Similarly, Junior Afrifa’s guitar work is taut, the riffs delivered with sharp precision and fierce intent, the latter of which is only surpassed by the intensity of Da Costa, who prowls the stage like a hungry panther. Importantly, there is plenty of sonic light and shade, with plenty of subtle layers which reward a more intent listen. Highlight of the half-hour set is one of the tracks from their forthcoming debut album, ‘Blood And Oil’, on which Da Costa literally spits out the line “you will drown in your lust” with all the contempt he holds for the song’s subject matter. “I want to feed your anger, I want to feel your rage” he tells his audience – and both he and they have plenty to channel, in the most positive of senses.


Strangle Wire 3


This afternoon marks the first time I have caught Pete Clarke’s new project since he parted with Zombified – and Strangle Wire are exactly what I would expect from this guru of the Belfast death metal scene: dark and dense, with a macabre undertone, with the band held together by a ‘Psychopathic Glue’. Tight and intense, but still with that all-important sense of melody, they know how to use atmospherics to layer their sound as they tread a very fine line between grindcore and melodic DM.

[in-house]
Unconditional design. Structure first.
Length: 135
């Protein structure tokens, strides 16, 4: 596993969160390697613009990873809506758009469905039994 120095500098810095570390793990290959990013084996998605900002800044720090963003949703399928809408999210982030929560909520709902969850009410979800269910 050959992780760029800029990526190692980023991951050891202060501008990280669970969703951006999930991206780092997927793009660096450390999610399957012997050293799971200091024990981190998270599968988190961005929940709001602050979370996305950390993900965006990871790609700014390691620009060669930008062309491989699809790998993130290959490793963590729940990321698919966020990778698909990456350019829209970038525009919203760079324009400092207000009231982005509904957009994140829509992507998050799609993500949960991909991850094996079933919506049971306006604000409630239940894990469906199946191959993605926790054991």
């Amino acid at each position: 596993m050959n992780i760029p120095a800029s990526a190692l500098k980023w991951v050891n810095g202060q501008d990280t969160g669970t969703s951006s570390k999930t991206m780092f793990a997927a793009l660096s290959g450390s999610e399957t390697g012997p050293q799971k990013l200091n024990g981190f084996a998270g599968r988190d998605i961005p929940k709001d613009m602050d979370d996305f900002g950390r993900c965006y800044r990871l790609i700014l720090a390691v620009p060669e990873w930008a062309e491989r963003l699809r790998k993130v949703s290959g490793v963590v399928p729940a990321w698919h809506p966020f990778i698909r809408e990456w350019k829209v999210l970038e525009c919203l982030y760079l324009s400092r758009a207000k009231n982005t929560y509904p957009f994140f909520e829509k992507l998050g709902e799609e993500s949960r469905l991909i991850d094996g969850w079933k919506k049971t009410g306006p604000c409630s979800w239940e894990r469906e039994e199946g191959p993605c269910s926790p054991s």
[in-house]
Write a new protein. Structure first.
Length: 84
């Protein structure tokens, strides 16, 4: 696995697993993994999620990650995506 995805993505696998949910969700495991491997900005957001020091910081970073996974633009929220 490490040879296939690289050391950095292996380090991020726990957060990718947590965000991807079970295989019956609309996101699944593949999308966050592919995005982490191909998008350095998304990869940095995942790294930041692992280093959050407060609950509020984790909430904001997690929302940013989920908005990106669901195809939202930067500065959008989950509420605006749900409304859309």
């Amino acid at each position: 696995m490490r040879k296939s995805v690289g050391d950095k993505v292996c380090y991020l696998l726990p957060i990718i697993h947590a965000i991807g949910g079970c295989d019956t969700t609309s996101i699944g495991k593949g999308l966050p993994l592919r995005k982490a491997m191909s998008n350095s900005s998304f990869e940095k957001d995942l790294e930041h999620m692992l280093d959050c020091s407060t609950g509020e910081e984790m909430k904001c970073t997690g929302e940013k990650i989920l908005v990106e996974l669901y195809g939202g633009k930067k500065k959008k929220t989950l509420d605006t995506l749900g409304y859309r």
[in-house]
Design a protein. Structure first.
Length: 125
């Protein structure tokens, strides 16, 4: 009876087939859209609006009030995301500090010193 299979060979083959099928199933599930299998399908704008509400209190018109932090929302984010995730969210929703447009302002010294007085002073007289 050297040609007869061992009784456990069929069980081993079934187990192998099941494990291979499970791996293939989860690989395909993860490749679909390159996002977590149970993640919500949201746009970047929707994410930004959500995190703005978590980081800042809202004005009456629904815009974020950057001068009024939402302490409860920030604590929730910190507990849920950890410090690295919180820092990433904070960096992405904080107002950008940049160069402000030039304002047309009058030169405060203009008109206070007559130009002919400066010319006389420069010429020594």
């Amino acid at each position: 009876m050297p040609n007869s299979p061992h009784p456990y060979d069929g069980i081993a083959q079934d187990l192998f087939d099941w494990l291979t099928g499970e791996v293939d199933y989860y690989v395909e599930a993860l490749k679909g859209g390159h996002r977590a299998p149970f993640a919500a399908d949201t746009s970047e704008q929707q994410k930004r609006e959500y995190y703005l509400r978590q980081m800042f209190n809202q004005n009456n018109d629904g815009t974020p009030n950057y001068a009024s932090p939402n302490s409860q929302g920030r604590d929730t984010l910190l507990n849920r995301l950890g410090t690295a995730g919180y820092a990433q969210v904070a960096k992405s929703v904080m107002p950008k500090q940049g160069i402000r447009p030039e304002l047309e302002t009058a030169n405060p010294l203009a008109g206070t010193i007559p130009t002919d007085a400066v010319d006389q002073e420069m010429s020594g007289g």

Up front, Clarke is supremely confident, challenging his audience to give as much as, if not more than, he is giving them by “banging your fucking heads” and demanding “I want to see your heads butting the floor”. Intense and brutal, I didn’t think having your head ripped from your shoulders could be such a pleasurable experience!


The Crawling 3


The Crawling take to the stage to the biggest pop of the afternoon so far (after all, despite the looming darkness outside, it’s barely gone a quarter to five): and, like the day itself, things are getting darker by the second…


As Gary Beattie’s double kicked bass drum punches straight into your heart, it’s hypnotic stuff as the dense growl crawls (sic) its way into every pore of your being and refusing to dislodge itself. Their doom-laden death metal is glorious in its pessimism, celebratory in its menacing magnificence – and, above all, brilliantly executed by a confident and assured trio of musicians who combine a sense of the dramatic with a beautiful sense of the simple joy that a stunning delivered riff can evoke.